Now, nothing of what we’ve learned here would be of any comfort to us unless we knew something comforting about God. After all, without knowledge of God it still looks as if we’re stuck between complete futility and His whims (and we all wonder that sometimes, don’t we?). In other words, I either have to admit that my existence has no ultimate purpose and turn that into my philosophy – as many do – or I have to admit that my existence is completely in God’s hands and who knows what He is going to do with it?

Just pause for a moment, and think: This is what makes the Bible so astonishing; the fact that it is the pleasure of this same God, who is sovereign over all, to reveal to us everything we need to know about Him and His plans this side of eternity.

And what do we learn about God’s plans? What is the great common and ultimate purpose of everything He does?

Jesus Christ, who is the living manifestation of God (Heb. 1:3) told us:

Now he is not God of the dead, but of the living, for all live to himLuke 20:38

It is His glory. God’s glory is the ultimate destination, purpose, goal and end of everything that God does or does not do.

And with that marker for navigation, because we have eternity in us, we can understand that, even though we are completely unable to see how God uses the events in our lives to glorify Himself, our lives are not devoid of meaning. They are not random and without a reason.

The ultimate purpose of our lives is God’s glory, whether we realise it or not and whether we like it or not.

This is why the truths of Ecclesiastes are frightening to those who do not know God, but in the same time are an enormous comfort and joy to those who know Him and desire above all else to see Him glorified. And who are these people? Can we be one of them and find the only true meaning our lives can ever have?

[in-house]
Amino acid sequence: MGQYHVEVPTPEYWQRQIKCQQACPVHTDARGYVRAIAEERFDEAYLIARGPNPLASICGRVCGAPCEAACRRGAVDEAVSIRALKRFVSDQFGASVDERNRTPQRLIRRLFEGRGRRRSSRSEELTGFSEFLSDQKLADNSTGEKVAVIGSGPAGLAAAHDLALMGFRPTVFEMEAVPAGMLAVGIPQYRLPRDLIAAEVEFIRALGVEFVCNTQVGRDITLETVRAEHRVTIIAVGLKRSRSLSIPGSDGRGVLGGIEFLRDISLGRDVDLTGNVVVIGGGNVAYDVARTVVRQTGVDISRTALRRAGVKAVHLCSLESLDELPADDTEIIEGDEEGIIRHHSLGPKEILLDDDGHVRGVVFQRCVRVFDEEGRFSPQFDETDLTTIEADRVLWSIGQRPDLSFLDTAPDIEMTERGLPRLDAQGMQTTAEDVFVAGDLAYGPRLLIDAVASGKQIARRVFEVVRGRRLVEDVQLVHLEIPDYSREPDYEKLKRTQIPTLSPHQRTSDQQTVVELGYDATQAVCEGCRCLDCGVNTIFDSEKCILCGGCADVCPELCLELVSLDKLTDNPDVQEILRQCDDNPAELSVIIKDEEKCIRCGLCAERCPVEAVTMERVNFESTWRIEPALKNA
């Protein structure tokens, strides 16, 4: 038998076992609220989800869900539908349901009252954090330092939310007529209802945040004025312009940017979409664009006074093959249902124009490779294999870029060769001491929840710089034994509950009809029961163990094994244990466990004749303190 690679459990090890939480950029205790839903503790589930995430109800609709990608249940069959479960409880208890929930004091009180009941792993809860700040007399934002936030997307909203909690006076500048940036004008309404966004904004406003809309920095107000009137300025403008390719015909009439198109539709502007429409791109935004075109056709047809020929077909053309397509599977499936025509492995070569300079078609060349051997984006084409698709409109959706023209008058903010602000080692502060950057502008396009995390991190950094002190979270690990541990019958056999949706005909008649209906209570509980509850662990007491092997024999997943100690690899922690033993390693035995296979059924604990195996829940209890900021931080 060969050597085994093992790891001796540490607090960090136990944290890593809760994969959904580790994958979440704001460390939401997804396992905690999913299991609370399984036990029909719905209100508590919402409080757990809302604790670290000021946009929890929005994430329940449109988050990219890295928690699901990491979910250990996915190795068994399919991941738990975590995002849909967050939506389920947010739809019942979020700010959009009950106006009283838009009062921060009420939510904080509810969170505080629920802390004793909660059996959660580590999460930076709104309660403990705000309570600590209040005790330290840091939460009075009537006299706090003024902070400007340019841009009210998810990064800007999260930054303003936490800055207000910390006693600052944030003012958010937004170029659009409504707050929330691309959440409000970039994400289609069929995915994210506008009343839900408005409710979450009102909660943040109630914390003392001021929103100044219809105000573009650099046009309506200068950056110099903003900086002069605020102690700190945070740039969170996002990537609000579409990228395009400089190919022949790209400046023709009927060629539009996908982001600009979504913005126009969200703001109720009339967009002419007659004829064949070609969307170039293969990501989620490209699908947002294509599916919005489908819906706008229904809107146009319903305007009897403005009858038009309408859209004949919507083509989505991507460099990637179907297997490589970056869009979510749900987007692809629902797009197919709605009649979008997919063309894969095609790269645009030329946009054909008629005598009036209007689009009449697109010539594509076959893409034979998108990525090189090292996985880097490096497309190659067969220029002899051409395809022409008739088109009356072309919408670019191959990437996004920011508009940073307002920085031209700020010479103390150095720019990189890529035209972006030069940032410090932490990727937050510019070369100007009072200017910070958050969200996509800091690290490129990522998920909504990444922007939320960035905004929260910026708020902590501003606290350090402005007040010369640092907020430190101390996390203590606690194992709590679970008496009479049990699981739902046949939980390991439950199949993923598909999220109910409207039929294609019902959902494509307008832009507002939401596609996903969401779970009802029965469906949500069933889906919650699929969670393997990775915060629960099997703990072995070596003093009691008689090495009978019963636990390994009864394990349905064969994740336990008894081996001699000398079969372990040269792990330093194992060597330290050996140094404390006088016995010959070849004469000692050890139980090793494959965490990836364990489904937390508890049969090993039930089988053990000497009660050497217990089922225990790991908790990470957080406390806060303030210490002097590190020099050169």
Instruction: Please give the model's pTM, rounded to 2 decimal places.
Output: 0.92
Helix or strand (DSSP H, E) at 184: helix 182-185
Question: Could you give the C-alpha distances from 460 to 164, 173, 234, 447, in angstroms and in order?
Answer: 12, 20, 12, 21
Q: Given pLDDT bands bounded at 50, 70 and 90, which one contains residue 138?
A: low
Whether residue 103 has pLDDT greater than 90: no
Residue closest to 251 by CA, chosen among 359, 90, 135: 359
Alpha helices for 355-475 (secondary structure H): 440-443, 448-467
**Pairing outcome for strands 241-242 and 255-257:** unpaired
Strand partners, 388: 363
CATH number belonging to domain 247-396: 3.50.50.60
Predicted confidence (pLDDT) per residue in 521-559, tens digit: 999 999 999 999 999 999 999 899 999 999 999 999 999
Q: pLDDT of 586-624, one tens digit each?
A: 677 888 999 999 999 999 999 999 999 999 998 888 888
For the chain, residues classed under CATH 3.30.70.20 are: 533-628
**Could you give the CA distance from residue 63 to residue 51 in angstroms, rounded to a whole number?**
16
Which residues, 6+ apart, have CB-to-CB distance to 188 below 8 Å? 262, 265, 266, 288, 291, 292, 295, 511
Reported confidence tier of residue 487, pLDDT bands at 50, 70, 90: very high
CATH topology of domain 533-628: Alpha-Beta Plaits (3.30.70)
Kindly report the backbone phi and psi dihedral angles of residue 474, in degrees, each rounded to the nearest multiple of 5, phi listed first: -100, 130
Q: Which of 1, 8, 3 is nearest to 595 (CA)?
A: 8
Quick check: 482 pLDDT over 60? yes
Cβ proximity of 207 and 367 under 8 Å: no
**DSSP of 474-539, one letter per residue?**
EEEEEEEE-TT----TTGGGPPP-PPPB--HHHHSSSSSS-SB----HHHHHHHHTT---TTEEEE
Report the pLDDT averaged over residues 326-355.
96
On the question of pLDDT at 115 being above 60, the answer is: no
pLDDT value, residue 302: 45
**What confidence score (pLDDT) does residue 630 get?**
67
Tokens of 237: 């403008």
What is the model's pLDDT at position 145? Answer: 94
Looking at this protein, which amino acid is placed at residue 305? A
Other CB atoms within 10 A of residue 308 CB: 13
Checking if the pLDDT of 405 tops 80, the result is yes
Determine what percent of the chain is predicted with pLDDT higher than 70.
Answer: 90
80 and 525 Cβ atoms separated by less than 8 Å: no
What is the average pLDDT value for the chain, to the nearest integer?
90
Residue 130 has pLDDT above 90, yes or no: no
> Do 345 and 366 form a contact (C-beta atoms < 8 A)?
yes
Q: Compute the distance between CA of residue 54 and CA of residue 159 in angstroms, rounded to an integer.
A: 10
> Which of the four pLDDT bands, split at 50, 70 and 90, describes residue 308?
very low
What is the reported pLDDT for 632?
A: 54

They are those who, through repentance and faith in Christ have died to themselves and now live for Him who died and rose for them (2 Cor. 5:15). What does that have to do with finding meaning in life? It’s simple: Dying to yourself frees you from the horrifying futility of living for yourself. Those who belong to Christ do not need to chase after every experience and thrill and pleasure in the world, but find their greatest joy and satisfaction in doing everything for God’s glory (1 Cor. 10:31; Col. 3:17). They don’t need to live for their career, their family, their relationships, their looks, their social status, their gadgets, themselves, but they give all things to God and let Him use them for His purposes (Rom. 8:28; cf. Luke 12:15,21). They do not despair that they didn’t get out of life everything they could or wanted, because their lives are not theirs anymore, but they have abundant life in Christ (John 10:10). They do not feel cheated when the grave opens before them because their treasure lies in heaven and not in this temporary, fleeting world (Mat. 6:19-20).

And in the end, that is what the elderly Solomon found out and wrote down as the conclusion to his big Life Experiment:

Let us hear the conclusion of the whole matter: Fear God and keep His commandments, for this is man’s all. For God will bring every deed into judgment, with every secret thing, whether good or evil. – Ecc. 12:13-14

2 thoughts on “The Life experiment, part 3